VIRTUAL CLASSES, BY Ms Chetna Ahluwalia

  1. On the 27th July 2016, Ms Chetna Ahluwalia, Learning and Development Head, Hotel Sahara Star, Mumbai conducted a session in the Virtual Classroom on the topic “Expectations of the Hotel Industry from the Hotel Management Students, aspiring to join the industry” with the Third and Second Year Students (Semester – III and V). In this session Ms. Chetna talked about Simple, yet Cogent, principles of Delivering Quality Service. She emphasised on time tasted principles, such as Courtesy, Politeness, Grooming (in terms of Professional Appearance) etc., to be followed in simple way, and for this she proscribed some habits of the students, which they don’t know, but which have become their second nature and due to that they find themselves difficult to adjust with the requirements of the industry. Hence, if they (the students) wish to prosper and make career in the hospitality industry, they need to not only understand the requirements of the industry, but also get themselves acquainted of the expectations of the industry from them.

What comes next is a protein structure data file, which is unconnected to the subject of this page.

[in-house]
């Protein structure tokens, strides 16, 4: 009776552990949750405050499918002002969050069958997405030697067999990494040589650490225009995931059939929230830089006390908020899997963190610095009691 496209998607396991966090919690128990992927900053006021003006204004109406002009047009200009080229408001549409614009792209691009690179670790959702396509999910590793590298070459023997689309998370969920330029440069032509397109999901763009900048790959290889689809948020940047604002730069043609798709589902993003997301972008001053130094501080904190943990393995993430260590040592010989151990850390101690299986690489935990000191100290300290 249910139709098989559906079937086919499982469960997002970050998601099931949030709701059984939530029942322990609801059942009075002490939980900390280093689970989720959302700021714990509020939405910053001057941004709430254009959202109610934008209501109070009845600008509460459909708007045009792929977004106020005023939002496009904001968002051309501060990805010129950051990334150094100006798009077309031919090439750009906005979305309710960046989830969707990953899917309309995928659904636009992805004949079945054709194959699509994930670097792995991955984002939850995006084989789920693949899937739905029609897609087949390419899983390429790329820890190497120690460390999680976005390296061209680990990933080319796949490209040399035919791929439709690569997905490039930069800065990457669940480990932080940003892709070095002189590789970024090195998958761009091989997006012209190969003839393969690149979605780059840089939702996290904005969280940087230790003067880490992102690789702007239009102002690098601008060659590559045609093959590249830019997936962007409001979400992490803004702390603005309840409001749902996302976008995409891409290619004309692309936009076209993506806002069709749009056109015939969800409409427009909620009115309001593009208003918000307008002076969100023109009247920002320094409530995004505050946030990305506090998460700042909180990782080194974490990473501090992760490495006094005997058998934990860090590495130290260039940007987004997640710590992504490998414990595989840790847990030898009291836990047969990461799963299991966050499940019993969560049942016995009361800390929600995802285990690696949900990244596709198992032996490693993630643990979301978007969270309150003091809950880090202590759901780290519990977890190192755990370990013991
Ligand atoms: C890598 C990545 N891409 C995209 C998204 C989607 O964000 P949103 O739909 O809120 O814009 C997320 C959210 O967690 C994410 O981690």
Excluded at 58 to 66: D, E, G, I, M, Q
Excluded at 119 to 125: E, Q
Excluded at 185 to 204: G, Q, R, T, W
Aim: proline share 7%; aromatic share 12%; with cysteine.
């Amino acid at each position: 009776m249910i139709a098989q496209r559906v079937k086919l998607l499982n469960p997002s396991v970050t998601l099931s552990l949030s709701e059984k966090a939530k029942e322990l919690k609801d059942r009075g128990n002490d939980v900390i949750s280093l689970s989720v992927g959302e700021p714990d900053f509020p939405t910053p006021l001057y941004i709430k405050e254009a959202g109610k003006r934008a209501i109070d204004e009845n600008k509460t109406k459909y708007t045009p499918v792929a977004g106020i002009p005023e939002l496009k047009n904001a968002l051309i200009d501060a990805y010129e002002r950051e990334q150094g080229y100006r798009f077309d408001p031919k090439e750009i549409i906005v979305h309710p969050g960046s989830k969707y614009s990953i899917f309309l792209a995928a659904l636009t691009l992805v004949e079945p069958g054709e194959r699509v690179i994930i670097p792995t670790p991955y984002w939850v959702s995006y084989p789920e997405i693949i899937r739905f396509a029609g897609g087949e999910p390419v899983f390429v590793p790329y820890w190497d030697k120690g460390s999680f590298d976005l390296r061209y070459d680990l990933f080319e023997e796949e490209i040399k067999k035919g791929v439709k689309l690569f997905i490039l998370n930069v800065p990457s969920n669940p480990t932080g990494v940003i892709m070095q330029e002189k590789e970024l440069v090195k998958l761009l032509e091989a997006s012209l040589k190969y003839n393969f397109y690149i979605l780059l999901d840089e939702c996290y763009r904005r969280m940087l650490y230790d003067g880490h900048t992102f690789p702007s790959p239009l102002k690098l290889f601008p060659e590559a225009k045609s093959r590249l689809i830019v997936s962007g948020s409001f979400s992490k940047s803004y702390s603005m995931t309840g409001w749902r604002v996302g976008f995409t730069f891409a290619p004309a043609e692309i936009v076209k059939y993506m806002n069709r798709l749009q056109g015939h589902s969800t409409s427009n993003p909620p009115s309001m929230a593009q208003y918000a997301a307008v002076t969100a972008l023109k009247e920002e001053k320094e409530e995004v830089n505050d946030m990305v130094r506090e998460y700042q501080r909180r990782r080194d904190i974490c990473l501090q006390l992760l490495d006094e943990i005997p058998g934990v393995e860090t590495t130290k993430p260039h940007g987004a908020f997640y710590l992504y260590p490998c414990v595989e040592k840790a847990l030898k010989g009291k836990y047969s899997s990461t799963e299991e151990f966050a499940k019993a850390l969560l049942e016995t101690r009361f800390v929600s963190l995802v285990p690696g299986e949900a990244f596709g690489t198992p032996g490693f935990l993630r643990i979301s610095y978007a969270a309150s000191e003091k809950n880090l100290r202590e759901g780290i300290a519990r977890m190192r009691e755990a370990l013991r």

2. On the 14th August 2016, Professor Sagar Naik conducted a session with the students of the Third Year on the Topic “Food Media” in the Virtual Class. Professor Naik put across the students some scenario of the Food Journalism and asked them to come up with some novel ideas for writing or displaying or even showcasing foods before those interested public. He dealt in detail, yet briefly in terms of time constraint, the Upcoming New Field of Food Media, which is in a very nascent stage in India, but in which a huge potential exists for innovation and creativity. With the emergence of Celebrity Chefs all across the world over and India is also not untouched from this phenomenon, the emergence of Food Media has given the food habits as well as the outlook towards different food items a new dimension and there has been a complete paradigm shift towards leading a healthy life. Health consciousness is now a new dharma and mantra of all the people, especially the rich. Obviously Food Media fills the gap created by the demand of information on not only healthy diet, but also healthy living as a whole life pattern.

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